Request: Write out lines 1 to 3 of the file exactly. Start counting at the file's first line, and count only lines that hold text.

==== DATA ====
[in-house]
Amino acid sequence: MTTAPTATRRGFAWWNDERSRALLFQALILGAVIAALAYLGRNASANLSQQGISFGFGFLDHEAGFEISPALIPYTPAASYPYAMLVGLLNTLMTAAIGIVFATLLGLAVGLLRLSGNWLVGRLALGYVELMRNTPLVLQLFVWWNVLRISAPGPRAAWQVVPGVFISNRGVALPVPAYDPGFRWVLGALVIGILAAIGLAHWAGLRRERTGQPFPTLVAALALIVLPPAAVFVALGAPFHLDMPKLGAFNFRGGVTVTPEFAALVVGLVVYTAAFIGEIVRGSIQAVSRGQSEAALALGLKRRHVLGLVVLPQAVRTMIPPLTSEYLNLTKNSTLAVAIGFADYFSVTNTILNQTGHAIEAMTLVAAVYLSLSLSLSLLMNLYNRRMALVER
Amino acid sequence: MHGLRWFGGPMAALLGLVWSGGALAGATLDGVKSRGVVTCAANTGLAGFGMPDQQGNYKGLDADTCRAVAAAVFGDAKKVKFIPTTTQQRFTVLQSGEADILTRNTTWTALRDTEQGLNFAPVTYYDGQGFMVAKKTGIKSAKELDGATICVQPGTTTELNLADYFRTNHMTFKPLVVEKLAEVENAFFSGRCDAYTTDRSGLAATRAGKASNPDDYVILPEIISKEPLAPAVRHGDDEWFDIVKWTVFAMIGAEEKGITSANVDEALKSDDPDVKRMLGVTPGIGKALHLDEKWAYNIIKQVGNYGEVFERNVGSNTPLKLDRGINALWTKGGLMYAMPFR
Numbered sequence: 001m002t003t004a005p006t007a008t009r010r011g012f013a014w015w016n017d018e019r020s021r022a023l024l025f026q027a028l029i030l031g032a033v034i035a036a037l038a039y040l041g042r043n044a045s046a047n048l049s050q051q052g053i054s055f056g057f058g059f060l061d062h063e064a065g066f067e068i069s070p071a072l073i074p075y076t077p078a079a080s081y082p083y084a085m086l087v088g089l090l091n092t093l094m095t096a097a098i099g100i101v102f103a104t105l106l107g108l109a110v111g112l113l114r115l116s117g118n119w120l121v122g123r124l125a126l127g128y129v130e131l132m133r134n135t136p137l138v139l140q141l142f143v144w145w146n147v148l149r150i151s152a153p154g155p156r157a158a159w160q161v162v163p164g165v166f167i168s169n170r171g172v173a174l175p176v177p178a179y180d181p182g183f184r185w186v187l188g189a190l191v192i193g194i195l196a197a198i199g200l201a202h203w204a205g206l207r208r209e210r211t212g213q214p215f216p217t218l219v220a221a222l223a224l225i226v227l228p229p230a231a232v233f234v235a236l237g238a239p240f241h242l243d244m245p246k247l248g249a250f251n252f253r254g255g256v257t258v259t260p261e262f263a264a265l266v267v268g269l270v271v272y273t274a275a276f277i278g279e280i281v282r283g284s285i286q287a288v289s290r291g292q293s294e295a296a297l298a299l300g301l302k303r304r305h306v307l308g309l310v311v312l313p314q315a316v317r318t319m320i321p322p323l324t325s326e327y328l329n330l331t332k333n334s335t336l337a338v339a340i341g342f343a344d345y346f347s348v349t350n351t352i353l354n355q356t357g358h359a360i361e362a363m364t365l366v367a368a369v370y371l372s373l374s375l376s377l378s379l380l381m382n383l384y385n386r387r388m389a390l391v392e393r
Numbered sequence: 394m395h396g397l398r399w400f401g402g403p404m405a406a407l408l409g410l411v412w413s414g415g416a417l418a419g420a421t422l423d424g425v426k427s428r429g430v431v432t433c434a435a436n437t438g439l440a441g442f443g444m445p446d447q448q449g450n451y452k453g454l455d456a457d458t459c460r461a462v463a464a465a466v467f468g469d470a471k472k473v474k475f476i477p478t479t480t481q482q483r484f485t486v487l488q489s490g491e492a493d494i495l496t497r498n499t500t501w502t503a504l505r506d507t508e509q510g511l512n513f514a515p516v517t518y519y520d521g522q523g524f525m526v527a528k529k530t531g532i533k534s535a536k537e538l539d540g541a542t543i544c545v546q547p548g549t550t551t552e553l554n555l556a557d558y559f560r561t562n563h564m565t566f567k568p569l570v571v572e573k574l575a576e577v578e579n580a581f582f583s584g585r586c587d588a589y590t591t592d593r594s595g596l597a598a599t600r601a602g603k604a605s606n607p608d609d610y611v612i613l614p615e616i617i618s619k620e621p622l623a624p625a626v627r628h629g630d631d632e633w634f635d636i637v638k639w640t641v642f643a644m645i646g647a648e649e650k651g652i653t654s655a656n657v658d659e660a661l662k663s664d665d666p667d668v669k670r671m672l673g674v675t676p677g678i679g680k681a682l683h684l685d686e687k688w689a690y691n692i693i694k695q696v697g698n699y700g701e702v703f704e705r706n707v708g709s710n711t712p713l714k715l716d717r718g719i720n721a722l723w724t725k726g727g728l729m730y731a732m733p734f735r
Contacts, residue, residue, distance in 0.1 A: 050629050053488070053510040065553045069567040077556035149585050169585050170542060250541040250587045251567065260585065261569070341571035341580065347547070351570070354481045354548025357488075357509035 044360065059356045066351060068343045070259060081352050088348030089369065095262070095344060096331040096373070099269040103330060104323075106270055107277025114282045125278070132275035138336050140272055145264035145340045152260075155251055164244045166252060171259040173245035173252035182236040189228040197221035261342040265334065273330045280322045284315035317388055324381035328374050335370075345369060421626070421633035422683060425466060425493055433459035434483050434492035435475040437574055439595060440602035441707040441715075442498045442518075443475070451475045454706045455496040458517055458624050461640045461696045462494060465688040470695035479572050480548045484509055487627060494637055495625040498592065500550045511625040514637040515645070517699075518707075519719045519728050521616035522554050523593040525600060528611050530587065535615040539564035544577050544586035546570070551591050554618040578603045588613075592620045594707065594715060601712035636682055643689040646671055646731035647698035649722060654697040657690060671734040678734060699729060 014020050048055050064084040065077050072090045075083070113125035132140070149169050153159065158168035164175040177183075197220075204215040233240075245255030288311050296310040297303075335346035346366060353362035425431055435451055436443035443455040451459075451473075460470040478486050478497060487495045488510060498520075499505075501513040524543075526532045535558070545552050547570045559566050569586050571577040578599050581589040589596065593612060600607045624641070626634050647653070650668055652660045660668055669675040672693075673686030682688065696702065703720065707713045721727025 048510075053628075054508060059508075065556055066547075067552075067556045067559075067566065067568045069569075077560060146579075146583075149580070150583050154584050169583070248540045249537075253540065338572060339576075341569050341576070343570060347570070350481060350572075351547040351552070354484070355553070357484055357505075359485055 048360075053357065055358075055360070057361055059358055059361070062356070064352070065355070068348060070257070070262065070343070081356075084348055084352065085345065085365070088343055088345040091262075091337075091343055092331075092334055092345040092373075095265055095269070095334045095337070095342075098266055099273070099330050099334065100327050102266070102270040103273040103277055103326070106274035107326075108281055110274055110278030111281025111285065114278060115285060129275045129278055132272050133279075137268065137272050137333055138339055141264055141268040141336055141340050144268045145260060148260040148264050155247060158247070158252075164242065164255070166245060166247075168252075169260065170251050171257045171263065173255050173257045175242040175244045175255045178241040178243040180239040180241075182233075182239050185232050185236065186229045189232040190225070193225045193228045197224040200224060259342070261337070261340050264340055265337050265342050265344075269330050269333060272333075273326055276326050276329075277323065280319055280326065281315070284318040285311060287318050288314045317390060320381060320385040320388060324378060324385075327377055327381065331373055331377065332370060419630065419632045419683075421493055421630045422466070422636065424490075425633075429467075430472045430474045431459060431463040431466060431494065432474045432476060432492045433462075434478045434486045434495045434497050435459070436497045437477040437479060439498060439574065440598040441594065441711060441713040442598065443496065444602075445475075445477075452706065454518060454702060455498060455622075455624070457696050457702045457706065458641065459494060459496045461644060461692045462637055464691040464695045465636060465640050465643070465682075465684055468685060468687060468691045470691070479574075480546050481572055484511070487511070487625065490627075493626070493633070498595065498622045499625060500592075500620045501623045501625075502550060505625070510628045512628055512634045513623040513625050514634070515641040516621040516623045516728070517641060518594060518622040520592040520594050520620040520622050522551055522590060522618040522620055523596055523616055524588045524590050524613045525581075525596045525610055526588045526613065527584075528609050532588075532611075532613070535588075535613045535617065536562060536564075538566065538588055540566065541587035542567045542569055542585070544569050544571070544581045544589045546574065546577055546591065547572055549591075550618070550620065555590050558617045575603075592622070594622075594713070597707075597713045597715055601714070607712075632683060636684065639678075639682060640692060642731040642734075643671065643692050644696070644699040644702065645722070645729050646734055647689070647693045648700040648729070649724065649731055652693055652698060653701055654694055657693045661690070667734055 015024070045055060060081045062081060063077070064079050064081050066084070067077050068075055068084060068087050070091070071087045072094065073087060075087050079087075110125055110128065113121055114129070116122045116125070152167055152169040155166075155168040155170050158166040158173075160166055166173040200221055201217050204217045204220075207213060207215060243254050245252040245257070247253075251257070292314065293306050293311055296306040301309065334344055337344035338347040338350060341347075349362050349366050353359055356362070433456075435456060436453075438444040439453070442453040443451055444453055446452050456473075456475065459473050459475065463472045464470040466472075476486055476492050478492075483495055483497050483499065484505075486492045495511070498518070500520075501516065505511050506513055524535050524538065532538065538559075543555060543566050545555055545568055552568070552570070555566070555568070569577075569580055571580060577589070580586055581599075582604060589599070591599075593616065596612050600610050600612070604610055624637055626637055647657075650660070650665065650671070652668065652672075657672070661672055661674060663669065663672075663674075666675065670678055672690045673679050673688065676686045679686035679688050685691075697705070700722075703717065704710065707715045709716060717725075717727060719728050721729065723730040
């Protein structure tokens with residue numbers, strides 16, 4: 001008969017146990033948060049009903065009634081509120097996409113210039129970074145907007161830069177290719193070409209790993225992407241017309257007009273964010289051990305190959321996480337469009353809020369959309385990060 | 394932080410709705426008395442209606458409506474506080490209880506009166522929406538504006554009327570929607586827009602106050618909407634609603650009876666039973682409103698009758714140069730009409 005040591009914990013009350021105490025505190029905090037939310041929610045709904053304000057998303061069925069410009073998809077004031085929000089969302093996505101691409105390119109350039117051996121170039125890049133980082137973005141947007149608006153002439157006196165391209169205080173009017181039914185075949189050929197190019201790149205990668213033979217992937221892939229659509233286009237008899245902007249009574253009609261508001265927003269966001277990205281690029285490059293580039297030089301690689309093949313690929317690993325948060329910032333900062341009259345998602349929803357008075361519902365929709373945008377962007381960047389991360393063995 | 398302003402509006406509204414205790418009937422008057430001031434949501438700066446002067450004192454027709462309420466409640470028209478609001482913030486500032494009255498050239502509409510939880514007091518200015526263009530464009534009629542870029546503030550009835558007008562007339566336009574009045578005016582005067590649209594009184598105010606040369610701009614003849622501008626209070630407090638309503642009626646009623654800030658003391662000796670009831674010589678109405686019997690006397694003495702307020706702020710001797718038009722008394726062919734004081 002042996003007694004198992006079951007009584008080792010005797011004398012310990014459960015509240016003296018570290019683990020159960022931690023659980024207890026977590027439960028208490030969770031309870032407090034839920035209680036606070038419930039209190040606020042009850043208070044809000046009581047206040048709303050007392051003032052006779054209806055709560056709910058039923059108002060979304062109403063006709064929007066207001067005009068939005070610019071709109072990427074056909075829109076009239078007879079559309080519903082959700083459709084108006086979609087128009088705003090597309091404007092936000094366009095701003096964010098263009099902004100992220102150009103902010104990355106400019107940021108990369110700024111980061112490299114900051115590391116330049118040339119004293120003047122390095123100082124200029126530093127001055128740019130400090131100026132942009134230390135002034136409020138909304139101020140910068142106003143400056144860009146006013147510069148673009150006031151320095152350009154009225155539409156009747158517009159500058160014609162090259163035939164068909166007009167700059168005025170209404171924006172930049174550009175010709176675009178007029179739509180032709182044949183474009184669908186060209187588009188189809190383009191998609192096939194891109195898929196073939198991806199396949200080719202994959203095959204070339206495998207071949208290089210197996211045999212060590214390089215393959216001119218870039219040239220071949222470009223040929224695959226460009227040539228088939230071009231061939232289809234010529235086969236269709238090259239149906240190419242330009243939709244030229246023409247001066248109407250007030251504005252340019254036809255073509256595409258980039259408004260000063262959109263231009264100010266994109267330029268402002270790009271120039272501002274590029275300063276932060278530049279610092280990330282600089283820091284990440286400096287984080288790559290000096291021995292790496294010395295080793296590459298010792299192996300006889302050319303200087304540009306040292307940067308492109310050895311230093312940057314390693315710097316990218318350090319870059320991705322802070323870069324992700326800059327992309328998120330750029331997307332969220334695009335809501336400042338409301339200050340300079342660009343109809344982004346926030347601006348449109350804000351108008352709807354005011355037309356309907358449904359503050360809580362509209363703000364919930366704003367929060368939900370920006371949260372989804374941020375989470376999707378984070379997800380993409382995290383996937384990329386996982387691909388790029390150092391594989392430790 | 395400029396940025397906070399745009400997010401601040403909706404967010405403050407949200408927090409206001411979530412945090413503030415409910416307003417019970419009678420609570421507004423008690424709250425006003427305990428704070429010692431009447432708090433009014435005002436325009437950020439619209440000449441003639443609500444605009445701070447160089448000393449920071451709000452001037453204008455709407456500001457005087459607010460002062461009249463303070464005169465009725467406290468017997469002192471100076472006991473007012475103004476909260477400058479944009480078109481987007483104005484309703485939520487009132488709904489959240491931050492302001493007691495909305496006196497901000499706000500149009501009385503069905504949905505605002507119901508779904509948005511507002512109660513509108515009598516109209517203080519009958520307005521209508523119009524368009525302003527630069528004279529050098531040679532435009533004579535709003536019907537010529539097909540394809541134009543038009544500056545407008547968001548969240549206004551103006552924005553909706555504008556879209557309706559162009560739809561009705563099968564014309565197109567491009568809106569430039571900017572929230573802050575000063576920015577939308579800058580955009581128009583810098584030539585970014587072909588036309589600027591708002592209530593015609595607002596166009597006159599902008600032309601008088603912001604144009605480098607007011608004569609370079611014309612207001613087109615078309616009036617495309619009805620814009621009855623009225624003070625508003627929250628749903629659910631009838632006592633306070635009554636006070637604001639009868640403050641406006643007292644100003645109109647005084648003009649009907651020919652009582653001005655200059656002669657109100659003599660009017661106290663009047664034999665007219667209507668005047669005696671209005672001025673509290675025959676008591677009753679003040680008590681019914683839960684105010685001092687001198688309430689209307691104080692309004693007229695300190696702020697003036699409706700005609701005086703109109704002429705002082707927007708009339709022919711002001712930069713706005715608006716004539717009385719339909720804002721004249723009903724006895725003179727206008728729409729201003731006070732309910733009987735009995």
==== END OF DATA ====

[in-house]
Amino acid sequence: MTTAPTATRRGFAWWNDERSRALLFQALILGAVIAALAYLGRNASANLSQQGISFGFGFLDHEAGFEISPALIPYTPAASYPYAMLVGLLNTLMTAAIGIVFATLLGLAVGLLRLSGNWLVGRLALGYVELMRNTPLVLQLFVWWNVLRISAPGPRAAWQVVPGVFISNRGVALPVPAYDPGFRWVLGALVIGILAAIGLAHWAGLRRERTGQPFPTLVAALALIVLPPAAVFVALGAPFHLDMPKLGAFNFRGGVTVTPEFAALVVGLVVYTAAFIGEIVRGSIQAVSRGQSEAALALGLKRRHVLGLVVLPQAVRTMIPPLTSEYLNLTKNSTLAVAIGFADYFSVTNTILNQTGHAIEAMTLVAAVYLSLSLSLSLLMNLYNRRMALVER
Amino acid sequence: MHGLRWFGGPMAALLGLVWSGGALAGATLDGVKSRGVVTCAANTGLAGFGMPDQQGNYKGLDADTCRAVAAAVFGDAKKVKFIPTTTQQRFTVLQSGEADILTRNTTWTALRDTEQGLNFAPVTYYDGQGFMVAKKTGIKSAKELDGATICVQPGTTTELNLADYFRTNHMTFKPLVVEKLAEVENAFFSGRCDAYTTDRSGLAATRAGKASNPDDYVILPEIISKEPLAPAVRHGDDEWFDIVKWTVFAMIGAEEKGITSANVDEALKSDDPDVKRMLGVTPGIGKALHLDEKWAYNIIKQVGNYGEVFERNVGSNTPLKLDRGINALWTKGGLMYAMPFR